Agile PM Process Grid–6.4 Information Radiators


In John Stenbeck’s book “PMI-ACP and Certified Scrum Professional Exam Prep and Desk Reference”, he creates an “agile project management process grid” which describes 87 processes used in agile project management.   These processes are divided into five process groups (Initiate, Plan, Iterate, Control, and Close), which are analogous to the five process groups in traditional project management, and seven knowledge areas which can be mapped, more or less, onto the ten knowledge areas in traditional project management.

Today I start on a block of four processes that are part of the sixth knowledge area of Communication that are done during the Planning phase of the project.   The first of these four processes is 6.3 Communication Protocols, which was covered in the last post.   This post covers 6.4 Information Radiators

In terms of communications on a project, there are three basic types, each of which I have followed by an example:

  1. interactive, usually meaning one-to-one (e.g., a phone call)
  2. push, usually meaning one-to-many (e.g., an e-mail sent to the group)
  3. pull, usually meaning many-to-one (e.g., documents put in Google Drive and shared with the group)

An information radiator is a form of communication which is like the second type above, with some important differences related to agile projects.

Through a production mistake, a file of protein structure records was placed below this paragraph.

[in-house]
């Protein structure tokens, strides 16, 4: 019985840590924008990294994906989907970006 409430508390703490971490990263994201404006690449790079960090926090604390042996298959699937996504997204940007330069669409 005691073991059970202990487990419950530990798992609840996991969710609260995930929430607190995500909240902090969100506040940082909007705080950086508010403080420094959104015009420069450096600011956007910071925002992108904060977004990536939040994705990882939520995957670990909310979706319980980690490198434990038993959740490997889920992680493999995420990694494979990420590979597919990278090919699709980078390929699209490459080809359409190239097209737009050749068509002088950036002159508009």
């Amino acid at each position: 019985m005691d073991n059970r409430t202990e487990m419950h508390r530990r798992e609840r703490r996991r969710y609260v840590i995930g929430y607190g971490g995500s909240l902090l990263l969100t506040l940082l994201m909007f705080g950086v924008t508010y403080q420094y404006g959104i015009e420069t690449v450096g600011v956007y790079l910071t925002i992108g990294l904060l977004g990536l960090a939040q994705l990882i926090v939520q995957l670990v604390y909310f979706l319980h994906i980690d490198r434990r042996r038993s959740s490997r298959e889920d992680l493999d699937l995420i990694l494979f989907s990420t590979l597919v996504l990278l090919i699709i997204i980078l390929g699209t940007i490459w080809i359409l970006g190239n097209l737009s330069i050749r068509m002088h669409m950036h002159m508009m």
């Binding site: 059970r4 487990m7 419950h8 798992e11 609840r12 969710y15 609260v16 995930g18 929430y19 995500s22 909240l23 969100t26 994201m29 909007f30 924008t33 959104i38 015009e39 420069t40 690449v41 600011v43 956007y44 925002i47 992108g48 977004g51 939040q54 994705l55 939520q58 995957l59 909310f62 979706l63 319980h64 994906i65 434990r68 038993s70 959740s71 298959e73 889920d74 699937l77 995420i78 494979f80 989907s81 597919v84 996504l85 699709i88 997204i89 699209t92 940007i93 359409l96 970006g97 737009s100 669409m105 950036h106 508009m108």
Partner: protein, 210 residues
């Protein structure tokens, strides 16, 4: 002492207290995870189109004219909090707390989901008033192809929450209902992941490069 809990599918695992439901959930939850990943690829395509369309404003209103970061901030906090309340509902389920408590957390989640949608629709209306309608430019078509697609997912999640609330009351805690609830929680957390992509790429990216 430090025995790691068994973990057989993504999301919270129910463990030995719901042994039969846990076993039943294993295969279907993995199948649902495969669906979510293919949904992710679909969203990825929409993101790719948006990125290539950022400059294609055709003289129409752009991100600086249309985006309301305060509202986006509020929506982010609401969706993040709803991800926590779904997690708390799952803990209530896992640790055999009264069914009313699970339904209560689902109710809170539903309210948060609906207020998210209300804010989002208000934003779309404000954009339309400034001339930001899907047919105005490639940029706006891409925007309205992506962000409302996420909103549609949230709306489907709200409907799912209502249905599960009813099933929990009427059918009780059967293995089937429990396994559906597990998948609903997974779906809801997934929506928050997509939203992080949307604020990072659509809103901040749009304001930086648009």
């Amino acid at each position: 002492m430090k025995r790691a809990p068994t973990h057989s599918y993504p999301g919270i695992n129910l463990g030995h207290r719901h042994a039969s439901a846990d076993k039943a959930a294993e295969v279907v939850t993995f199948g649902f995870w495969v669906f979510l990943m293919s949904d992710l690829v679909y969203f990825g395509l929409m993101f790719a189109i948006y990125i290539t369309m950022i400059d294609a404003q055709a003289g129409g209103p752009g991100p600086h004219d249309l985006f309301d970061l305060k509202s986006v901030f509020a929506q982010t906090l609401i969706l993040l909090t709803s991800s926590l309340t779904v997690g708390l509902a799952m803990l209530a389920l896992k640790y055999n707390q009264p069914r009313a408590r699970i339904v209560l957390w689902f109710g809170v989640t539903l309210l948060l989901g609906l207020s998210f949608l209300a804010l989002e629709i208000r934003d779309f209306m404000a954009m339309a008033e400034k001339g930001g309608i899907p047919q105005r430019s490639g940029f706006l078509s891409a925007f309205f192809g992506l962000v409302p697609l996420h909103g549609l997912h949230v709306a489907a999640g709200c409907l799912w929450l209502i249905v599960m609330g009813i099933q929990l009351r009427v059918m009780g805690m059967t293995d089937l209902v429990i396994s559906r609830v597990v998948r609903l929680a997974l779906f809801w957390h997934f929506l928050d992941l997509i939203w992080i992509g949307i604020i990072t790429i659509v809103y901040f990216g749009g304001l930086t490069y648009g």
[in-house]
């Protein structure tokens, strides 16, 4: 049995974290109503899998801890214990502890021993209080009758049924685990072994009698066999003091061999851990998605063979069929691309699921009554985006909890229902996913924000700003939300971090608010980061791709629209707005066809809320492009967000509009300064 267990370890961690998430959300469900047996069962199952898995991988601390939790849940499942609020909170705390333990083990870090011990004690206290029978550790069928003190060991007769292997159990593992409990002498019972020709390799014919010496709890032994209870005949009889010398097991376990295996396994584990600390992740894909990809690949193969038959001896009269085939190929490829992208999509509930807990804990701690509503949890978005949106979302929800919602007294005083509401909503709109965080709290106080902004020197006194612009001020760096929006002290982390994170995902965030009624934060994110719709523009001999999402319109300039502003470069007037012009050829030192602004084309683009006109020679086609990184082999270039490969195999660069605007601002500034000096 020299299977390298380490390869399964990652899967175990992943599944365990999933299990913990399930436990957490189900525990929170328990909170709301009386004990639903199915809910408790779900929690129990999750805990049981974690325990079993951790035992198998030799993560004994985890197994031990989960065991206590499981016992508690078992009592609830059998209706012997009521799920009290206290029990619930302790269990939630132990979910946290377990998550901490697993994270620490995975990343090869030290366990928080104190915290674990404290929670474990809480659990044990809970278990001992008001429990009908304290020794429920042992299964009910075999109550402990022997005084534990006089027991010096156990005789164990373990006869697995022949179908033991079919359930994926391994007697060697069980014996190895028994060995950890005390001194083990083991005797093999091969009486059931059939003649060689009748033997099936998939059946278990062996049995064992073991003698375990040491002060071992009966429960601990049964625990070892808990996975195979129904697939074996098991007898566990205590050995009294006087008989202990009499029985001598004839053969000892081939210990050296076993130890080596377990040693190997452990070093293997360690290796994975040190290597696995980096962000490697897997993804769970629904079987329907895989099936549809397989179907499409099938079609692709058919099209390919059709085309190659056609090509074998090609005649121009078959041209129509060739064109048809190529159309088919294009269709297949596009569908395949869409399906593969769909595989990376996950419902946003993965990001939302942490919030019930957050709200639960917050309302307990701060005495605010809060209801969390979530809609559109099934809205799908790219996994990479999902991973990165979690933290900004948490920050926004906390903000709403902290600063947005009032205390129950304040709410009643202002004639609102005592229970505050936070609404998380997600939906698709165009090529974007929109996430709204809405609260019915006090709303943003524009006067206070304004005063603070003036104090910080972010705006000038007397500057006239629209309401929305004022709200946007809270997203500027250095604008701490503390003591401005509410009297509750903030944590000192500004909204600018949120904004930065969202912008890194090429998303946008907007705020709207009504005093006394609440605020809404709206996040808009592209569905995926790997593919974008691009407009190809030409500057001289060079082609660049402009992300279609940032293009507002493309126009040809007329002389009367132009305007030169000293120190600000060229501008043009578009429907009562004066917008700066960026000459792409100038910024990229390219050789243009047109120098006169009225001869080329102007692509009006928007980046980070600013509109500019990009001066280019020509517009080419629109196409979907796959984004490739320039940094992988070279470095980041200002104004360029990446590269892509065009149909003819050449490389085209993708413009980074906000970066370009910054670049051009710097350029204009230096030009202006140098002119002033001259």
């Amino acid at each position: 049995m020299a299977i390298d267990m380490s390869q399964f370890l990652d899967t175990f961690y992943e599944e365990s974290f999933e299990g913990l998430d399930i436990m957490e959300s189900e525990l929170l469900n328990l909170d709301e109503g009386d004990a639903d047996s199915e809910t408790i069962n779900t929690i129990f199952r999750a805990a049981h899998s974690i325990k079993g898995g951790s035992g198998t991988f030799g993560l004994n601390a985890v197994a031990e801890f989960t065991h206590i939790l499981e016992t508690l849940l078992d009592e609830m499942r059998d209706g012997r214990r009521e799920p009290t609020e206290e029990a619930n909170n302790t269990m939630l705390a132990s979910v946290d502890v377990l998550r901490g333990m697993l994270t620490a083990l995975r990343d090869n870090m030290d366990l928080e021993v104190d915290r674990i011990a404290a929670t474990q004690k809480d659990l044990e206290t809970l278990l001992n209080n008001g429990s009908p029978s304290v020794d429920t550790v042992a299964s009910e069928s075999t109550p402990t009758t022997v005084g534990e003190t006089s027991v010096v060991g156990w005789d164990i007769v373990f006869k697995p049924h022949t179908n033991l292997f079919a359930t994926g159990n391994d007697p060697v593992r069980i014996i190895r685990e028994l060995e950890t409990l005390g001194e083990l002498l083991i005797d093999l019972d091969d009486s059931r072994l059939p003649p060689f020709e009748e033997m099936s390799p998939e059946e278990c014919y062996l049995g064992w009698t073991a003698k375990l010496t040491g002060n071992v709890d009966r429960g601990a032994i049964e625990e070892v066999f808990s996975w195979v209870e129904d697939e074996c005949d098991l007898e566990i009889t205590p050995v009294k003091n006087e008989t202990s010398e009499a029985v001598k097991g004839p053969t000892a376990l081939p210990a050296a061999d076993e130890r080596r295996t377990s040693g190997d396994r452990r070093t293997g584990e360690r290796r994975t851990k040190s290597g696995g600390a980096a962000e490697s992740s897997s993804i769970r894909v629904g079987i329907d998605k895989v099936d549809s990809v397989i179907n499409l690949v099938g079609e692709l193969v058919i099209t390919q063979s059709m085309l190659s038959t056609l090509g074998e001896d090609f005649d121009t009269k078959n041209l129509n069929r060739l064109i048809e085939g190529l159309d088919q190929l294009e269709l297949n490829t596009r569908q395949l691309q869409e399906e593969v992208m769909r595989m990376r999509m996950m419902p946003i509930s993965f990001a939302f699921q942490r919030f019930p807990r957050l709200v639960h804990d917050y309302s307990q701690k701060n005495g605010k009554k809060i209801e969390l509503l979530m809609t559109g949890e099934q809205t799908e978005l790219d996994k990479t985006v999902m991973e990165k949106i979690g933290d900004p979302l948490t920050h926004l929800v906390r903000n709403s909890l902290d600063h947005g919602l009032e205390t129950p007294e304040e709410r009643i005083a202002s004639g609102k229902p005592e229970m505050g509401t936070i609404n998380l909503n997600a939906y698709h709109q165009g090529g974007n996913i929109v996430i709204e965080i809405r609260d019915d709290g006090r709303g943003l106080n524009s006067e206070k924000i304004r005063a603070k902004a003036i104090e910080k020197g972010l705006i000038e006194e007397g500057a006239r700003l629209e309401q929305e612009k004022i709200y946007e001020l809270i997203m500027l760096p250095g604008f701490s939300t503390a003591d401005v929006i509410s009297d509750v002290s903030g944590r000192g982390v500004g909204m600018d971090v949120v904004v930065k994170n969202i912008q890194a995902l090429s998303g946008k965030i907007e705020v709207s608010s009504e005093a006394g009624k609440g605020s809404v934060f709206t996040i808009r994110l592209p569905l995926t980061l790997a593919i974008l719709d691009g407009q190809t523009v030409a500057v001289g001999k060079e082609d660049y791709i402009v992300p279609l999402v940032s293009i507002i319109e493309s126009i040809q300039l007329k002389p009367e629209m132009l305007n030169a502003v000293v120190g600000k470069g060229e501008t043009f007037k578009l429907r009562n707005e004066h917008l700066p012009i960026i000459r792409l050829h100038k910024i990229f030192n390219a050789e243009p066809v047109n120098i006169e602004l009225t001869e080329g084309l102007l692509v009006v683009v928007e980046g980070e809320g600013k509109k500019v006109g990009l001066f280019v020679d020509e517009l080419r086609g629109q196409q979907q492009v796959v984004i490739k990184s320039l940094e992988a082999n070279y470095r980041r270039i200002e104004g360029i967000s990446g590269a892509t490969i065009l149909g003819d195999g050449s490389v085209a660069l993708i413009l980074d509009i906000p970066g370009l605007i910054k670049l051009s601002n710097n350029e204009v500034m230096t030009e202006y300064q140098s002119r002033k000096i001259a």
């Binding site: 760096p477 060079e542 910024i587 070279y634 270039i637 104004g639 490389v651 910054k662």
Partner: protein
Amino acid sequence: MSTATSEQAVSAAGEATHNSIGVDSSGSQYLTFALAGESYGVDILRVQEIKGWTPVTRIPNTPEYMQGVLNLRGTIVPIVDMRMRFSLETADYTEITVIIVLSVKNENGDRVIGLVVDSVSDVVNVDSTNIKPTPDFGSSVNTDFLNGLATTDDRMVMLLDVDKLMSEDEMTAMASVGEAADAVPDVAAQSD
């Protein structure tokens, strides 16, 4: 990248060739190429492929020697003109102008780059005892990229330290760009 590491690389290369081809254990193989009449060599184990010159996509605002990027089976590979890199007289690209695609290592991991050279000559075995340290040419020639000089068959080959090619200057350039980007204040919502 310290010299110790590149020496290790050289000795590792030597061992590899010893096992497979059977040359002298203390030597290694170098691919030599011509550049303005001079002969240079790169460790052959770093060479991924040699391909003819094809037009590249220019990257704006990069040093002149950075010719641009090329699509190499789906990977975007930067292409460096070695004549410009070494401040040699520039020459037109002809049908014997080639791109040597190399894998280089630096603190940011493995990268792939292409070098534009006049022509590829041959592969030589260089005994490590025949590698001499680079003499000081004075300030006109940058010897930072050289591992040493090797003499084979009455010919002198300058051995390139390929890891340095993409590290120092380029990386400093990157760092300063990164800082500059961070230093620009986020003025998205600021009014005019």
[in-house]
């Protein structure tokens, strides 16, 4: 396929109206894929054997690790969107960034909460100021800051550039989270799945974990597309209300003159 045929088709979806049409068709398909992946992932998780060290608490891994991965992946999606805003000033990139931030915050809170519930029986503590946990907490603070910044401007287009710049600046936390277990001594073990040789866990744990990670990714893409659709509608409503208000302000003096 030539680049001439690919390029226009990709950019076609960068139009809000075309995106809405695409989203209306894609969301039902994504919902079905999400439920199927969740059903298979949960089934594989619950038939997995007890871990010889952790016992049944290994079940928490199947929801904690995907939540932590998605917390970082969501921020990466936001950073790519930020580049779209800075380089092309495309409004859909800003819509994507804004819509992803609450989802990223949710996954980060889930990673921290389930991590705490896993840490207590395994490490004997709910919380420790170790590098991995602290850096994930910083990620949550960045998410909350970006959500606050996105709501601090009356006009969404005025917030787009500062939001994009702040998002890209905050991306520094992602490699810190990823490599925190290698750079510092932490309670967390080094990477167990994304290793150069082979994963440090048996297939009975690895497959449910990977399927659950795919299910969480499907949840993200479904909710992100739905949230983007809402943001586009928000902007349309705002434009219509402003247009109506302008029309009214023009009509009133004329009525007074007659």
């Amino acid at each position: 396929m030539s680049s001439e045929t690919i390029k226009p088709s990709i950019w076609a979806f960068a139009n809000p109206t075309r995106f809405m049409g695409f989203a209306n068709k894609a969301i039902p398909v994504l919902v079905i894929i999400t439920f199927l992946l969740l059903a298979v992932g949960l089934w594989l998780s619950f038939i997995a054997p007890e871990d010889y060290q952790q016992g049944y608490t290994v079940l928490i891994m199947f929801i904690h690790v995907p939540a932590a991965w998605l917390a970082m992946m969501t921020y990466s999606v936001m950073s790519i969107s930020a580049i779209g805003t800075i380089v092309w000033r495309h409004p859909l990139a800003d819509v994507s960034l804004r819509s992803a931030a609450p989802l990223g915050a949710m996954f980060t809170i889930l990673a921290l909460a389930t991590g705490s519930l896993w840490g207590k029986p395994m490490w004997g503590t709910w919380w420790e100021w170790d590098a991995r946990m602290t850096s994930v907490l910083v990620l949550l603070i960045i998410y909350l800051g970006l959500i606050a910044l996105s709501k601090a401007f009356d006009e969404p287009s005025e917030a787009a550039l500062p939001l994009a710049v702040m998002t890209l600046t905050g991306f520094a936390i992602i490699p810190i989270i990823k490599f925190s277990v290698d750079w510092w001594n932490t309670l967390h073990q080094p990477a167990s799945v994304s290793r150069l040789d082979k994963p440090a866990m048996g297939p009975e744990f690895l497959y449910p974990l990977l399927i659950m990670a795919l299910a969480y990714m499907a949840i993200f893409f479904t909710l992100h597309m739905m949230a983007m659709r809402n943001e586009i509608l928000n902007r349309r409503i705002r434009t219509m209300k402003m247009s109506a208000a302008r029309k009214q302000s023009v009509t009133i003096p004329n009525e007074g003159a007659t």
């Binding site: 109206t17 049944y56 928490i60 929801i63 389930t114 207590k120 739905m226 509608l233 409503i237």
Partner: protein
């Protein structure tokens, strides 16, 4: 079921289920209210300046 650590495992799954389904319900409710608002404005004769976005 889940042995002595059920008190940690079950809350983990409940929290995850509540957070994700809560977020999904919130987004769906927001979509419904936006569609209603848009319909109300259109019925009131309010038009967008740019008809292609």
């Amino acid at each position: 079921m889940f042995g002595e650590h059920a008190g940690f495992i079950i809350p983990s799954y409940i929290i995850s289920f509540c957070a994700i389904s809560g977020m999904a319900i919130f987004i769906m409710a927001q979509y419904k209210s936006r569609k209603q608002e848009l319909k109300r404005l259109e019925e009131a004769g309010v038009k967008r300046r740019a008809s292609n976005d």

1. The information radiators are posted in the team’s workspace.
  2. They contain various types of visual signals or cues intended to make it easier to guide activities and tasks to completion.
  3. They convey information about specific parts of the process, but are available to everyone, including stakeholders.

They are designed as a combination of status and progress report, status report meaning the cumulative progress on the project and the progress report meaning the status in the current iteration.

They also are a forecast report of sorts, meaning that they can be used to facilitate early detection of risk or problems that are ahead in the development process so that they do not become impediments towards reaching the iteration goal.

Here are examples of information radiators used in agile PM:

  • product vision
  • product backlog
  • release plan
  • burn-up and burn-down charts
  • team work agreements

Since the information radiators are put in the team workspace, let us spend the next post talking about how the team space is organized in agile projects.

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